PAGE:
On twitter today, agent Laura Bradford retweeted a link to a story about how the files for Toy Story 2 were almost lost when they were accidentally deleted off Pixar’s servers. (Here’s a direct link to the video on the website where I first watched it.) The lesson, which every writer/creator has heard a thousand times, is BACK UP YOUR FILES. Well, here’s another reminder because it has happened to me too.
The hard drive on our main computer had been troubled for some time when it finally gave up the ghost at the beginning of this year. It was a pain in the neck, but we had an automated backup system in place. Or so we thought. When we went to restore the files, the most recent copies we had were all from the autumn of 2010. The computer had given us the message that the backups had failed, but we simply forgot to to anything about it until it was too late. Among the countless family photos lost on that hard drive were two of my WiPs, both of which were started and abandoned in 2011.
I’m the first to admit that it wasn’t as bad as it could have been. I wasn’t emotionally attached to either WiP — they’d both been put aside for very good reasons — so I was more disappointed than gutted. What I lost, though, was the ability to return to these ideas, to reuse them in part or in whole for future works. You never know what details of character, plot, or setting you might need again. These WiPs (flawed though they were) were things that I spent time and effort on, and which I will never be able to replace. I simply can’t remember everything that I’d created for them.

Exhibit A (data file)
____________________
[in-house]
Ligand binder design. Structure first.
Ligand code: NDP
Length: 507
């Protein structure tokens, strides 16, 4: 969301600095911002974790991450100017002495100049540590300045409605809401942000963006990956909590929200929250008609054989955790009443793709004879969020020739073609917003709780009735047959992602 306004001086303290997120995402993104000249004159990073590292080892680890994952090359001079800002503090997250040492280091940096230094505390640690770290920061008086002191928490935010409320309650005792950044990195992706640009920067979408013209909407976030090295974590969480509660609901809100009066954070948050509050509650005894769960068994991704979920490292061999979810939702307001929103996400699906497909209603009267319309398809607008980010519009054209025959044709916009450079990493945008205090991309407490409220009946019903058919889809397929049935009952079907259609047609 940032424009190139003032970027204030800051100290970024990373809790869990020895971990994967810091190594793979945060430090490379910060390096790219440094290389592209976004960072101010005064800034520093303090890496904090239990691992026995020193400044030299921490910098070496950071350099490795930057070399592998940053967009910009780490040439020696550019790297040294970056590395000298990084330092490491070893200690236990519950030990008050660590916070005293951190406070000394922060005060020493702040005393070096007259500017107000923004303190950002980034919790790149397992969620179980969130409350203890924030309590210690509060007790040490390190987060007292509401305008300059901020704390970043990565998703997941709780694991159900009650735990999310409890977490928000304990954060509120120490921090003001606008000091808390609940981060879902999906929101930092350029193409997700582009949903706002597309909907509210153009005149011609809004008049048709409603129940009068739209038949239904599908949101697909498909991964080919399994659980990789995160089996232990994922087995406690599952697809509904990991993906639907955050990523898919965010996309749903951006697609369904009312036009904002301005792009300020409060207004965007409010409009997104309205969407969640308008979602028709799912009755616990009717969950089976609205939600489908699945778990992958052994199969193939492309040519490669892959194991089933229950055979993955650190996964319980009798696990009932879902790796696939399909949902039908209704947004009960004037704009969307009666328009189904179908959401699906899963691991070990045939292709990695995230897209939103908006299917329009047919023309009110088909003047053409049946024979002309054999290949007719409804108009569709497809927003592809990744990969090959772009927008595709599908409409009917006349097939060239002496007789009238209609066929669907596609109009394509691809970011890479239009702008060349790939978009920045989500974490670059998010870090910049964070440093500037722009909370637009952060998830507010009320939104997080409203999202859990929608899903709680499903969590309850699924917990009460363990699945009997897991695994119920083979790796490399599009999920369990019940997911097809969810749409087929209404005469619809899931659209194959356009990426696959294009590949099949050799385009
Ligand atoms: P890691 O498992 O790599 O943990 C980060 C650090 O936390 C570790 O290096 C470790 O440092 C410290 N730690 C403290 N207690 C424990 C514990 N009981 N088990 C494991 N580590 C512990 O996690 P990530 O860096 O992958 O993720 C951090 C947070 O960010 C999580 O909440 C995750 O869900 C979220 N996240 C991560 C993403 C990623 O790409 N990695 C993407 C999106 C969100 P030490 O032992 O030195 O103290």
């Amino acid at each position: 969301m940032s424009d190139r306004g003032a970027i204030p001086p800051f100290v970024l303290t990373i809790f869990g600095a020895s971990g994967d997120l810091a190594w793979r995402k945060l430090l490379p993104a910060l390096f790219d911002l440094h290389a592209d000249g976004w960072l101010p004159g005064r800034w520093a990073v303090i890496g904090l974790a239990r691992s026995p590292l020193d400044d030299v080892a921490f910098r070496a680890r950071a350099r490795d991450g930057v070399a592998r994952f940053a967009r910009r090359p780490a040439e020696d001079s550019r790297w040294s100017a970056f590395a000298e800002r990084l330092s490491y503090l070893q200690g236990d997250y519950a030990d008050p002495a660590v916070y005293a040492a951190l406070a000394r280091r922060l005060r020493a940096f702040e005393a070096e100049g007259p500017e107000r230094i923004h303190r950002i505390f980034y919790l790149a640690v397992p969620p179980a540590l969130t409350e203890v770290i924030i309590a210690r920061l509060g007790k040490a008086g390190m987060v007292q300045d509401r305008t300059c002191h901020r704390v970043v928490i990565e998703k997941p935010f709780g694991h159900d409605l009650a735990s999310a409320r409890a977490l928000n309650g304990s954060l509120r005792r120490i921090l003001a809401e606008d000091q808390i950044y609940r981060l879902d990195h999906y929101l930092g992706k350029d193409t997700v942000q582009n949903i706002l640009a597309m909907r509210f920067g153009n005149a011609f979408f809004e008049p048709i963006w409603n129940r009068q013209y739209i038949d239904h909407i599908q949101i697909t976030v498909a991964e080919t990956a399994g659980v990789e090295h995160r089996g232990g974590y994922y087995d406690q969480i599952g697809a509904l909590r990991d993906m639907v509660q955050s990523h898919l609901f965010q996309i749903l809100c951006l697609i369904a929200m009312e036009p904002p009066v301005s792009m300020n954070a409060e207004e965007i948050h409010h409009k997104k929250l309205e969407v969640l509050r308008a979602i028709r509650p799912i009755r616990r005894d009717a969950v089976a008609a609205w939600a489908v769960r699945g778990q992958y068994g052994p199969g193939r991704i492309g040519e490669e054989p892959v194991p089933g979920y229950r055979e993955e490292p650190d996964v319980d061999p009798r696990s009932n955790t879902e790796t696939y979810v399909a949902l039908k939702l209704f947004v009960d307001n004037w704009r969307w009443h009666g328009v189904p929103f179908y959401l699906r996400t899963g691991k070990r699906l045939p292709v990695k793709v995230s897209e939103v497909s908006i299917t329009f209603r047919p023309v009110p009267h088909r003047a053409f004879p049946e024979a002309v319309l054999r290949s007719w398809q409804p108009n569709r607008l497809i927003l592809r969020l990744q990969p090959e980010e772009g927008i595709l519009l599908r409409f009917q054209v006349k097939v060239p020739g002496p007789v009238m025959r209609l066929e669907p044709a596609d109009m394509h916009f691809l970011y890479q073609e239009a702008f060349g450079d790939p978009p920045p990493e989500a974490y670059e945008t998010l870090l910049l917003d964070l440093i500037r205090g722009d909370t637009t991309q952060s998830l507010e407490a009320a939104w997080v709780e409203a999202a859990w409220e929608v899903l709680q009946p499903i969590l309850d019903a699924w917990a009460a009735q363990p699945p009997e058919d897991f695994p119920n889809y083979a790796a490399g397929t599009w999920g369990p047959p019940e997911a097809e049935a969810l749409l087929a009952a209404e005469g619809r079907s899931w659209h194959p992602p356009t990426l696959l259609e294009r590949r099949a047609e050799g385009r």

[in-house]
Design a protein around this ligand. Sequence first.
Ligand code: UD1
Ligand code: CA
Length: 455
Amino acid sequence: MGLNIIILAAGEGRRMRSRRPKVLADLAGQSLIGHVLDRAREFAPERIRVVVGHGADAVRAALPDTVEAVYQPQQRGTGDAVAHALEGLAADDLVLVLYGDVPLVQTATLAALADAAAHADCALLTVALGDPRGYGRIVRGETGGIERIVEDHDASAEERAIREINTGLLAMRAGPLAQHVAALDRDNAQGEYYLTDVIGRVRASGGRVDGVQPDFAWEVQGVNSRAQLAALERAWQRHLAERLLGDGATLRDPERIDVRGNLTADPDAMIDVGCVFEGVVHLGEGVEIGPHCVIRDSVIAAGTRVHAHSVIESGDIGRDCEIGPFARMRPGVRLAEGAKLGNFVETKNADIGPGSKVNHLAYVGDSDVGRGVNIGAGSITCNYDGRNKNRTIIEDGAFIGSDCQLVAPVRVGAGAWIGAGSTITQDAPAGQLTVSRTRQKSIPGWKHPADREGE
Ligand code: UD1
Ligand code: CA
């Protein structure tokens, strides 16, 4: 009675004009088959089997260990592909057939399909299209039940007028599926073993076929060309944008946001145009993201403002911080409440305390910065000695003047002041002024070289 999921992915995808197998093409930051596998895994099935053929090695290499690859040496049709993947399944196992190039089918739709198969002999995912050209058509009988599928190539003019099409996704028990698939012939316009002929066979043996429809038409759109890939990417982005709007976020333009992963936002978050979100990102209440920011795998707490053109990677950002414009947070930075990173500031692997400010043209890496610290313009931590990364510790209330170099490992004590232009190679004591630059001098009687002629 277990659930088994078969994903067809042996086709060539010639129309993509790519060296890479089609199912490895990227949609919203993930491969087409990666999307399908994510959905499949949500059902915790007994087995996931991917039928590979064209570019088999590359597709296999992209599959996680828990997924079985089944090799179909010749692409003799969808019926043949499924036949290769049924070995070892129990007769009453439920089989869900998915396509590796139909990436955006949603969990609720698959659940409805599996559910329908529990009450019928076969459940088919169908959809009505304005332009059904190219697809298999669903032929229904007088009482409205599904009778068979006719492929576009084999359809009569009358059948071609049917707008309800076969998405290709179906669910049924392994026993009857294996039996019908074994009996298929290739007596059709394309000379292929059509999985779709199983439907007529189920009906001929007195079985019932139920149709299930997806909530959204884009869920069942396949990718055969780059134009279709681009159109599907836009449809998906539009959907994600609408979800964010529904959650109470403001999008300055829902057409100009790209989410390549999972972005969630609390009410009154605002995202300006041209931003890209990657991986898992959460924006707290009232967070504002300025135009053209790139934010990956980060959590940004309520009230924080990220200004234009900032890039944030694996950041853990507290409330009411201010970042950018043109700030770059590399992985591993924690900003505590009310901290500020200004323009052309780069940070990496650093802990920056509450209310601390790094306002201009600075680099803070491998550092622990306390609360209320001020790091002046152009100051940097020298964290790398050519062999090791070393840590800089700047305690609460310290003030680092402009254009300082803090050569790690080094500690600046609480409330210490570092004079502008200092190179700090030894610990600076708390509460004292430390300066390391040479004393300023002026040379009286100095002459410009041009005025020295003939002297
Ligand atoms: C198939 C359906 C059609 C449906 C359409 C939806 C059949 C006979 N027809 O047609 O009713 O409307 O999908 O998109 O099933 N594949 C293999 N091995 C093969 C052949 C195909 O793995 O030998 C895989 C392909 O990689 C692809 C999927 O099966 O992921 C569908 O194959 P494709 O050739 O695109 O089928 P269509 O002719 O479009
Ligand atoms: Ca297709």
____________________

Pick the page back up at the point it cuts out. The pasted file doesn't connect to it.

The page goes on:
As someone who claims to want to write professionally, it was irresponsible of me not to have a better plan to protect my work. Thankfully we have our automatic backups working again, but sometimes (as the Pixar folks discovered) that’s not enough. It’s better to have multiple backups whenever possible. Put your files on an external drive or thumb drive, email them to yourself, store them on the cloud, give a copy to a trusted friend or relative. Whatever you do, do it every time and do it for every project. You may never need it, but you’ll be so grateful if you ever do.
What do you guys use to back up your WiPs? I’m always looking for new ideas!